On to business...
I will be attending the PC Alberta AGM in Edmonton next week-end. Reports will be coming fast and furious, so stay tuned. Can't believe I'm paying $250 to go and work. The Hors D'oevres had better be good.
Of note is the unfortunate fact that the PC Association of Alberta has not yet fully embraced the realities of citizen journalism, and blogging. Although it's certainly a daunting task to determine to whom "Blog Press" credentials should be issued, the reality is that more and more people from ages 15 to 35 are getting their information, and forming their subsequent opinions, from Blogs rather than from traditional media sources. Not helping matters is that with the amalgamation of media outlets into a few select hands, and the subsequent editorial slants that become less and less surreptitious (see Fox News, as an example), the public at large is looking for a source of information without such an obvious bias. "Official" Party blogs are similarly unreliable, for those seeking honest and up-front analysis and coverage, as opposed to simply reading re-worded press releases. Bloggers offer this option, and it is my sincere hope that by the NEXT AGM, the party has this figured out.
The first party to truly capture the imagination of the internet is going to see a boon in votes, especially from the younger demographics.
Well, the provincial budget has come and gone, with specific spending announcements being rolled out in the past few days, and probably in the weeks to come (yes Nation, the department that employs yours truly did just fine, thank-you). The Stelmach Government's first budget isn't going to get them elected to 80 seats next year, but it DOES answer some concerns about how engaged the government really was with the current situation. Nobody got EVERYTHING they asked for, and the cities are predictably upset because they didn't get every cent they say they needed. But when voters see number signs with a B in front of them, they don't immediately jump to the conclusion that cities are getting the short end of the stick.
The announcement of all-party committees, independent of the budget, is a good step towards democratic reform here in the one-party state that is Alberta. Fixed election dates are the next logical step, and will go a long way towards showing Albertans that the Stelmach Government not only talks the talk of accountability and transparency, but walks the walk as well. PROACTIVE governance is going to help this party recapture the hearts and imaginations of a new generation of voters... many of the voters in 2007 neither know nor care about what Peter Lougheed did as Premier, they don't remember Alberta ever being governed by someone other than the PC's, and they aren't inclined to vote a certain way just because their parents did. Proactive work on the Health portfolio, lowering income taxes, dealing with infrastructure, and the elimination of health premiums are all things that can and should be looked at in the next year, to show voters that the Stelmach government is conservative in more than just name, but also rooted in common sense and reality.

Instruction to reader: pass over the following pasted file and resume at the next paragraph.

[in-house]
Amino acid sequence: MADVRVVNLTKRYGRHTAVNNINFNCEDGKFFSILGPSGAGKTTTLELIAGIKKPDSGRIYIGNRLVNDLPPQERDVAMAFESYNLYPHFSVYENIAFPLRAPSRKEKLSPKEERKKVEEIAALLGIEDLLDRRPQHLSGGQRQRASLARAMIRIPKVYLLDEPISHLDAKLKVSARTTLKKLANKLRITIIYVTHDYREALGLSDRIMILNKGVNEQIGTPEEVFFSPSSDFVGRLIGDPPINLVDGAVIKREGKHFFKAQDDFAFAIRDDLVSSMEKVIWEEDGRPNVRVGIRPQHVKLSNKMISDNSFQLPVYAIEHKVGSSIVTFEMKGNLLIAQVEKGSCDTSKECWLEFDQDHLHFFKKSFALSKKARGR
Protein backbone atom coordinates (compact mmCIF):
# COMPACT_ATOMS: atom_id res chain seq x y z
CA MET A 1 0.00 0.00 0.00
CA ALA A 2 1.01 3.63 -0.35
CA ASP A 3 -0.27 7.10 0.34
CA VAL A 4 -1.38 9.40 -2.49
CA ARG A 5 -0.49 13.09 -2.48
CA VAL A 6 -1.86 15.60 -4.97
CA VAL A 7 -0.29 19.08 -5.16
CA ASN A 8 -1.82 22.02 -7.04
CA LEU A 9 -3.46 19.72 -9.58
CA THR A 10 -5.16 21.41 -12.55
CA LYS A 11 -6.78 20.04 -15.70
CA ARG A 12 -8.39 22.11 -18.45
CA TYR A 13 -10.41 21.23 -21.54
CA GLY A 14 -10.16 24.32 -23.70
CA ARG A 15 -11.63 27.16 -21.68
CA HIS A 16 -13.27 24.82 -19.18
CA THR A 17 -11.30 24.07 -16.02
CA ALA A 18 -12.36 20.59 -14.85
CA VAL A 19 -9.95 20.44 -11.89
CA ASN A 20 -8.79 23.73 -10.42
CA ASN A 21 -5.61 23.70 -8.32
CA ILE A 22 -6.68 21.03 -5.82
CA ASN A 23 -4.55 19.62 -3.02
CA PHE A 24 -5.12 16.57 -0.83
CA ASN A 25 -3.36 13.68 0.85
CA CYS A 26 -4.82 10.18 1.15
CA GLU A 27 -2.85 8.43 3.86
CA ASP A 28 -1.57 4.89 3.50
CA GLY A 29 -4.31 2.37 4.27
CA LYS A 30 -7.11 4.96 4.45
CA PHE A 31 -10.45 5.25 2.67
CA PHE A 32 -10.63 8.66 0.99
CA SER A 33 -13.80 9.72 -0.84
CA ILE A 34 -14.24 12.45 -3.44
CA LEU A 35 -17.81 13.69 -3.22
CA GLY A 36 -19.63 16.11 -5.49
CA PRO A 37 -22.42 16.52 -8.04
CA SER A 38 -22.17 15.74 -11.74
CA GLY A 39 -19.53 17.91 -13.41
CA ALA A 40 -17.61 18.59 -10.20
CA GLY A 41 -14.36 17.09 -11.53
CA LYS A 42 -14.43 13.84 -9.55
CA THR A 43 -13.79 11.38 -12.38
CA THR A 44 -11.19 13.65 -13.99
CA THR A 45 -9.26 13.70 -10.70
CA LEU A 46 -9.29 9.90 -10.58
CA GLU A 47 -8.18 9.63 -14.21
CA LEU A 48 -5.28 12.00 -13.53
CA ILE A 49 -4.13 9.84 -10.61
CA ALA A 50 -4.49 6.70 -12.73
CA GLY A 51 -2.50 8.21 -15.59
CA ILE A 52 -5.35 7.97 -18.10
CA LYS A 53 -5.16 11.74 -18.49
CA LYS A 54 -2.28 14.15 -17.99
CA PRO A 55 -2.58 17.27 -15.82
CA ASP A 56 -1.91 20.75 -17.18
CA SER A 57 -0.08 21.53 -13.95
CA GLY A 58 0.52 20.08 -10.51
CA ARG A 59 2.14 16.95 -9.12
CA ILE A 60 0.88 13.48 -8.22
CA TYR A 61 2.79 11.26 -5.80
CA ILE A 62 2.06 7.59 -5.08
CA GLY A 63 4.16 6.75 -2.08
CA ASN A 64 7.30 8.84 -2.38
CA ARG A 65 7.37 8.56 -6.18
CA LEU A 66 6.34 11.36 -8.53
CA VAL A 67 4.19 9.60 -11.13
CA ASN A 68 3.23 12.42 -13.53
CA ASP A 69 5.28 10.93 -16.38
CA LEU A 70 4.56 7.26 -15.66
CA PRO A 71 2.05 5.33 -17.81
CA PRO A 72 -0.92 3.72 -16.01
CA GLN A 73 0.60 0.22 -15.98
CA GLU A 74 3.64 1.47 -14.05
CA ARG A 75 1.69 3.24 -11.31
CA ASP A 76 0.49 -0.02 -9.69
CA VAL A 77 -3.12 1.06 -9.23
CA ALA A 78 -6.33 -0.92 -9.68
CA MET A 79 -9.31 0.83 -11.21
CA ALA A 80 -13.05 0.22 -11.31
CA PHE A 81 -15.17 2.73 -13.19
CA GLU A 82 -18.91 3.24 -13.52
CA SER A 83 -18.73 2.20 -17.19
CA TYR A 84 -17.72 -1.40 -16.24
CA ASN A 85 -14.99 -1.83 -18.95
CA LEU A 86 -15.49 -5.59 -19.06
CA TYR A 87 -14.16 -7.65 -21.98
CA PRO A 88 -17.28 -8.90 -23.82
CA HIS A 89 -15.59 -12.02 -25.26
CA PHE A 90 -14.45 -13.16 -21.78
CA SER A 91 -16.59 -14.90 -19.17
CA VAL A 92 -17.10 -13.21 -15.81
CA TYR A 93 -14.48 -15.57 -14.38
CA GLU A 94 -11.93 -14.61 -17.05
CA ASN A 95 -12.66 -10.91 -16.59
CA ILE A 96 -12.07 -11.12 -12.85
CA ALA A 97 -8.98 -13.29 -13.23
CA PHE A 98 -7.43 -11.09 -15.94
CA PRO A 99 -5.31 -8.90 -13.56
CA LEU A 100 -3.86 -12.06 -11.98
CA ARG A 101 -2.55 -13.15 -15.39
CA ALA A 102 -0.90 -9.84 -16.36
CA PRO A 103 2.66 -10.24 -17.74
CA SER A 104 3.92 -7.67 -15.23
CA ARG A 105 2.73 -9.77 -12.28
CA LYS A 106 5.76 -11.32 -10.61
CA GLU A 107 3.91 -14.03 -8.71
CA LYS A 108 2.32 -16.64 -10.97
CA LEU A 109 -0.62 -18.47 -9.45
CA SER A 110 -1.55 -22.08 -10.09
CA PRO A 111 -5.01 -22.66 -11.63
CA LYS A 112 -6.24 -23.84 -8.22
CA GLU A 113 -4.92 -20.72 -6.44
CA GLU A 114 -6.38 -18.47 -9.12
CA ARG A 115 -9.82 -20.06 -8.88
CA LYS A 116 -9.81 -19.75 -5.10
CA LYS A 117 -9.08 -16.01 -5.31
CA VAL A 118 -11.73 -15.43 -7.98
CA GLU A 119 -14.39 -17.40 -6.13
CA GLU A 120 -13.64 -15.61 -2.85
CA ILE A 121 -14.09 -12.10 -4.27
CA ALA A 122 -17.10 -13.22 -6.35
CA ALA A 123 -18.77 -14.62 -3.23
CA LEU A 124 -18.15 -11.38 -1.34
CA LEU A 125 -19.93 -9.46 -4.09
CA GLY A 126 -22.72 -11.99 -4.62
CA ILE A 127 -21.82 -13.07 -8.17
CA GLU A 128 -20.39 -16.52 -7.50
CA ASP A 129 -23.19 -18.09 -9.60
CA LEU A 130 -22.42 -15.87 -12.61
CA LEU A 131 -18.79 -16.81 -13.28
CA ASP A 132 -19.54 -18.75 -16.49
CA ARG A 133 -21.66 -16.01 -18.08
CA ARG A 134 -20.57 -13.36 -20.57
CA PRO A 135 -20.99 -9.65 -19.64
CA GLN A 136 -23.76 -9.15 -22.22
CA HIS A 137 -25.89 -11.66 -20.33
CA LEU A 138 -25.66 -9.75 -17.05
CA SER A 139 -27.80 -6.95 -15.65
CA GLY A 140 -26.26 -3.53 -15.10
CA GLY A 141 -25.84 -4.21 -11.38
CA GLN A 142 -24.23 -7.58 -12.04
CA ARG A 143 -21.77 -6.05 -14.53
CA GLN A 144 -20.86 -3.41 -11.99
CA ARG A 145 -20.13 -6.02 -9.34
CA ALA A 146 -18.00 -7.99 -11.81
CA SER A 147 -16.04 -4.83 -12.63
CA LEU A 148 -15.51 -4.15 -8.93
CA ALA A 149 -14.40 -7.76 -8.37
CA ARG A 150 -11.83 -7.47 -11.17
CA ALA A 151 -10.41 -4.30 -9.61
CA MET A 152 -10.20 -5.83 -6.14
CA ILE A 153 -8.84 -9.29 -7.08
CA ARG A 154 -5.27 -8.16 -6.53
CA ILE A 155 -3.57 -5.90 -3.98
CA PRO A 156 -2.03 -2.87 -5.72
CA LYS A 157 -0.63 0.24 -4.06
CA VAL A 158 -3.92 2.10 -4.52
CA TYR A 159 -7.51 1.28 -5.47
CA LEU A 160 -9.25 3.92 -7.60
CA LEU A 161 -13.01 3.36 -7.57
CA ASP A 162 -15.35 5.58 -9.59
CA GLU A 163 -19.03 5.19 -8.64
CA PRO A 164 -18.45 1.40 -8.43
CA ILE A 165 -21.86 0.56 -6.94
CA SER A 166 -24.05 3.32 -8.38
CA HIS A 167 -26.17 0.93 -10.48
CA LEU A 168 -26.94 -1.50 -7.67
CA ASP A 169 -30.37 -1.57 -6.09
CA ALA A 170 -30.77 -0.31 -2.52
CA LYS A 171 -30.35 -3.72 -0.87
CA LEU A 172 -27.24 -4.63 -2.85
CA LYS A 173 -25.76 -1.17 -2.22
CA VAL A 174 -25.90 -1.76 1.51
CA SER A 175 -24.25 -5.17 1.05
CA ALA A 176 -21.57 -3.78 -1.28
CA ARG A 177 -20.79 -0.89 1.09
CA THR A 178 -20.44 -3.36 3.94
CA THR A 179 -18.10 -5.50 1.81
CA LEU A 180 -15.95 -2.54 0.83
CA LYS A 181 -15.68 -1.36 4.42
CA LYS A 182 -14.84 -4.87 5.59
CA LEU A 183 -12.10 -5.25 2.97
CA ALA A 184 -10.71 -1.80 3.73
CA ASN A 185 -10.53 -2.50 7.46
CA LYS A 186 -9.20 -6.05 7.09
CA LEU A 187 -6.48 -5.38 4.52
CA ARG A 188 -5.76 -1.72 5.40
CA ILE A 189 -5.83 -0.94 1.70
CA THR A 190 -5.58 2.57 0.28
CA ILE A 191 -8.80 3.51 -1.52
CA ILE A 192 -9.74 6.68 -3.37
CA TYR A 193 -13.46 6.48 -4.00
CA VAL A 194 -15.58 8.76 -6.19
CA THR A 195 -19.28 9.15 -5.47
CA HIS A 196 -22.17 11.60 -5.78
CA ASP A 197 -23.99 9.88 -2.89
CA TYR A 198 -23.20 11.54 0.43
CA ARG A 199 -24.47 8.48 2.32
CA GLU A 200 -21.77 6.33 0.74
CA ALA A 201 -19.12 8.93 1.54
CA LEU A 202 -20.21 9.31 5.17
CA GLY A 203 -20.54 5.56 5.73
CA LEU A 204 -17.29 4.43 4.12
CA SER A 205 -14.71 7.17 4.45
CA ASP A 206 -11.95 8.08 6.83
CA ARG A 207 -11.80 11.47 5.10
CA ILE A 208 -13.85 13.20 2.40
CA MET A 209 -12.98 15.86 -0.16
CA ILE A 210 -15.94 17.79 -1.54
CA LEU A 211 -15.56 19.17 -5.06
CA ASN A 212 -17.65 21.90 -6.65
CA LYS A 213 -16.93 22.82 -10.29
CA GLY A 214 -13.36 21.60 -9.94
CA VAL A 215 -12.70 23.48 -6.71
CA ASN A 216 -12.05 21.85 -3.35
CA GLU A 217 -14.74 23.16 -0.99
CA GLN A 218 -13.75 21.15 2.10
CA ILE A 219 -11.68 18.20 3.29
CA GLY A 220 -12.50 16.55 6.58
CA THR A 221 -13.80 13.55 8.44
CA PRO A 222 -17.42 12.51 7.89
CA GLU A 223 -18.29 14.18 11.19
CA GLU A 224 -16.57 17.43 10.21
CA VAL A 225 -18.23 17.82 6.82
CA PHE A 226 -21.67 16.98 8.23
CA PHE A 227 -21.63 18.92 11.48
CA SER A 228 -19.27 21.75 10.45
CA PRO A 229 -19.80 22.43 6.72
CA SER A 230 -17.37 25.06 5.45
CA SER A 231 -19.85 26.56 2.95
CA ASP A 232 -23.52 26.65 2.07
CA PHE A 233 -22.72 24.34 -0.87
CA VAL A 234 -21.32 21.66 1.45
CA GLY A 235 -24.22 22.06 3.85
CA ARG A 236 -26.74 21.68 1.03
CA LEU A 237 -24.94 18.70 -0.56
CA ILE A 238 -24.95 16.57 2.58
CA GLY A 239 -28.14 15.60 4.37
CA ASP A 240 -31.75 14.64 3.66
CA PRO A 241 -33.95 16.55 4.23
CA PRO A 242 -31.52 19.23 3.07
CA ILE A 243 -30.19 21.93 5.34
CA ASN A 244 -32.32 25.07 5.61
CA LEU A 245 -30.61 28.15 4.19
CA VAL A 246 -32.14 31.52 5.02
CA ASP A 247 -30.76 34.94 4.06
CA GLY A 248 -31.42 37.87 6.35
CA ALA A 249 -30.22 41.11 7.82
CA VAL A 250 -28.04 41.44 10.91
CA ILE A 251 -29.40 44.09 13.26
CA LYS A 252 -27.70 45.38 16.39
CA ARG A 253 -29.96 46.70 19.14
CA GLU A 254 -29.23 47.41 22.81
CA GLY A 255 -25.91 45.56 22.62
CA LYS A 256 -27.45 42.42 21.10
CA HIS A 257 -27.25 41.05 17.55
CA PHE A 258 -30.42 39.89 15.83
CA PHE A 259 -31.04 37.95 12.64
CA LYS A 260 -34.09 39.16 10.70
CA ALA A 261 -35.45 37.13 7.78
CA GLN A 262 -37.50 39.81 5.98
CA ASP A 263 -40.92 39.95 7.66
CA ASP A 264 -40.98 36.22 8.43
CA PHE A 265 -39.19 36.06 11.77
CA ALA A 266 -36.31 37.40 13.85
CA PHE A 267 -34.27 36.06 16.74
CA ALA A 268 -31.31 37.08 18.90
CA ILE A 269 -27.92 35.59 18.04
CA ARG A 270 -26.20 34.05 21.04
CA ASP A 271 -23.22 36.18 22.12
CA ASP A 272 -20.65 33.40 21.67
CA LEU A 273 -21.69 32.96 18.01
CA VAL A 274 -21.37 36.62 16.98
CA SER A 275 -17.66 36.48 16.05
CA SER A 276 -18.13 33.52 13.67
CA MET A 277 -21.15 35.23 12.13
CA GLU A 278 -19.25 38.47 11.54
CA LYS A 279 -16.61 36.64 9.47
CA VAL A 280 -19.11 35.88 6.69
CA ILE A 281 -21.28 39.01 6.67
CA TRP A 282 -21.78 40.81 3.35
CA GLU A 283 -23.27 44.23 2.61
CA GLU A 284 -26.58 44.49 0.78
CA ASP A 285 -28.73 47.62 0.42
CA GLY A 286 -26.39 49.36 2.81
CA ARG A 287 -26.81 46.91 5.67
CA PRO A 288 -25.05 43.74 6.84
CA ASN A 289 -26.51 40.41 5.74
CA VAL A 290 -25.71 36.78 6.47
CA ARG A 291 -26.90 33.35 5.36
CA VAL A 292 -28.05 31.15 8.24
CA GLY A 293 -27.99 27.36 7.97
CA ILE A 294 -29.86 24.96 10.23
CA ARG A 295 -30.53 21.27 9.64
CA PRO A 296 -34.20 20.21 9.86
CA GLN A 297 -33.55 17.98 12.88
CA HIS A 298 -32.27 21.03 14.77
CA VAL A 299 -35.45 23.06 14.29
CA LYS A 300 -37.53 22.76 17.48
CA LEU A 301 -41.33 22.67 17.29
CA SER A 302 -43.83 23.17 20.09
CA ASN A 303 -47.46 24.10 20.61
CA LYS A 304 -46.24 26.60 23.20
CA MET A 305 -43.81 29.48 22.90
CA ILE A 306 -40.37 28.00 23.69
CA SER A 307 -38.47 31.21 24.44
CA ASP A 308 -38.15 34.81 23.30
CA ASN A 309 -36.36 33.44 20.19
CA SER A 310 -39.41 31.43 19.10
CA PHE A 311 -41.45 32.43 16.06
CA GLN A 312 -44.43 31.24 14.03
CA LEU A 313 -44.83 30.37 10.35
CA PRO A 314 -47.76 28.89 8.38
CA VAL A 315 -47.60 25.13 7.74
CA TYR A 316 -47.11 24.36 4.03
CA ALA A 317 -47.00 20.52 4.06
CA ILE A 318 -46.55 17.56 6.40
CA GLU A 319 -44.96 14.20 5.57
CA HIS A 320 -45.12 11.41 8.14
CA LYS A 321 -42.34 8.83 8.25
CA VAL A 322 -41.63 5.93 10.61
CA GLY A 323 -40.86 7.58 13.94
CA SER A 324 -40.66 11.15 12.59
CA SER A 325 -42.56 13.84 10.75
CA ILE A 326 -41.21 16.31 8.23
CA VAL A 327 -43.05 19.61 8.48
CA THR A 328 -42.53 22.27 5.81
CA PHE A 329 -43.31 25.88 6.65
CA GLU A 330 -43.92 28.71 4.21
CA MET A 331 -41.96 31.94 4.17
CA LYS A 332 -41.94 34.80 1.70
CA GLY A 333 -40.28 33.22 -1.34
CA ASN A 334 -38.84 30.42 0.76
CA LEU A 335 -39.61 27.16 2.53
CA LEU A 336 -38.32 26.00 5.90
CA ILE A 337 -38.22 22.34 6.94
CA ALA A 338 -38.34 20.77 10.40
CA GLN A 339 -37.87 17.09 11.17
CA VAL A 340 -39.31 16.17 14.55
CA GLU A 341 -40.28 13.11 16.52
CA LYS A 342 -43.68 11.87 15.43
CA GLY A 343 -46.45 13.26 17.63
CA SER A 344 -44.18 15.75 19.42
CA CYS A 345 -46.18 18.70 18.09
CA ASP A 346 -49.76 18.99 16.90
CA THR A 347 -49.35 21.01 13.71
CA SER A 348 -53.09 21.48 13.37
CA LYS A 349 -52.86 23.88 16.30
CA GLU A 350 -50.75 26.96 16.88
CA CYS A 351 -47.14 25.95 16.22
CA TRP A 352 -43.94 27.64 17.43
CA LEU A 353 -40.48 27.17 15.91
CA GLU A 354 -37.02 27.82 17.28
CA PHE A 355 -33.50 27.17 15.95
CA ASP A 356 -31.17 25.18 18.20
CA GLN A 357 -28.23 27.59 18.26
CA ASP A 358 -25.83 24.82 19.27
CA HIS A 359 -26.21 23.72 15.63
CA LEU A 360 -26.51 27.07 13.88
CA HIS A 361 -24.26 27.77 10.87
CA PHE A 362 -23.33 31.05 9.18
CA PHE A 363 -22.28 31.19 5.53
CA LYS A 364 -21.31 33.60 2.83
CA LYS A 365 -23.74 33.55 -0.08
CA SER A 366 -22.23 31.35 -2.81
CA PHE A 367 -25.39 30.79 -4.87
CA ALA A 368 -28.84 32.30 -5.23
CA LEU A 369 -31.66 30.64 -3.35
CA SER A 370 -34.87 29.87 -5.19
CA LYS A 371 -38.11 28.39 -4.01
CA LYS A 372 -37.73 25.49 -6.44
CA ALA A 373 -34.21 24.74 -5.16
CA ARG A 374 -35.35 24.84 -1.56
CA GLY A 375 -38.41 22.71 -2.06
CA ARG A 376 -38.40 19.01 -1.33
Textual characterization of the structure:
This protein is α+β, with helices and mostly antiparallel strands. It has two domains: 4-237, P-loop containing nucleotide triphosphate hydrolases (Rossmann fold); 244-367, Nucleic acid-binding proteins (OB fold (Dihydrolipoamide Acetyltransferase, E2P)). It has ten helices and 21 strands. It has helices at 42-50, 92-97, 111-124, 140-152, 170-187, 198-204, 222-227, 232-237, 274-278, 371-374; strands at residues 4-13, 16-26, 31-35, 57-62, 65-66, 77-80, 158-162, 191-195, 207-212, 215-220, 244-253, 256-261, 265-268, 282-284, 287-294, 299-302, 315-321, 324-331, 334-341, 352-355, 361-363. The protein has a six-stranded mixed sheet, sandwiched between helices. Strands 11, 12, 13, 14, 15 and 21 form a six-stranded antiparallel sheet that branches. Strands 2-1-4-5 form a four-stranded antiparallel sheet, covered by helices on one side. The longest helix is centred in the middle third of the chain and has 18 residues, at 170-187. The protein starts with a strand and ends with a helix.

Schools, hospitals and roads need building; that takes money. Taxes need to be lowered, and premiums eliminated; THOSE cost money. But promoting healthy living, and offering tax breaks for the same while increasing sin taxes SAVES the government money in the long term. An integrated and sensible land and water use strategy shows Albertans there are things more important to Ed than the bottom line. To show the voters that they can see more than 4 years into the future will go a long way towards proving to people that the Stelmach government is more interested in good governance than in short-term political gains. And THAT will translate in SPADES at the ballot box with a jaded electorate sick of partisan bickering and idealogical dogma masquerading as policy.